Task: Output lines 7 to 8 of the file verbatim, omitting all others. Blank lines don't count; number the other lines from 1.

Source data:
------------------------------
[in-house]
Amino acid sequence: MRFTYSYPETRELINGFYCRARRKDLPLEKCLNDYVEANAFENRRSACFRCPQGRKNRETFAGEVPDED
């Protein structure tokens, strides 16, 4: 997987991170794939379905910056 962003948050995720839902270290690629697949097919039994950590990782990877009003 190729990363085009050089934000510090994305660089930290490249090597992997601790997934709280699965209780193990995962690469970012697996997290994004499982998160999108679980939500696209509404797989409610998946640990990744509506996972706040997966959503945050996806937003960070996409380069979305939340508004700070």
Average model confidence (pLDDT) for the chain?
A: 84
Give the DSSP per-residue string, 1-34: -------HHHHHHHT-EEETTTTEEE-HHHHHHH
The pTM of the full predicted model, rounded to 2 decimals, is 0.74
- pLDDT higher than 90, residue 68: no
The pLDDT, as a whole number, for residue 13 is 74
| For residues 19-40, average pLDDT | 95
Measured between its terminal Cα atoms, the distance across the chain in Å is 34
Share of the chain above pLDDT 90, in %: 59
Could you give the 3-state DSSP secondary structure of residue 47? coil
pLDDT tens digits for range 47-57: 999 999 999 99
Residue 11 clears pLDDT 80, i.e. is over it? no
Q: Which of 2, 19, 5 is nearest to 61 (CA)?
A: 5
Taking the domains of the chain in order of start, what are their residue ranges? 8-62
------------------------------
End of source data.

The pTM of the full predicted model, rounded to 2 decimals, is 0.74
- pLDDT higher than 90, residue 68: no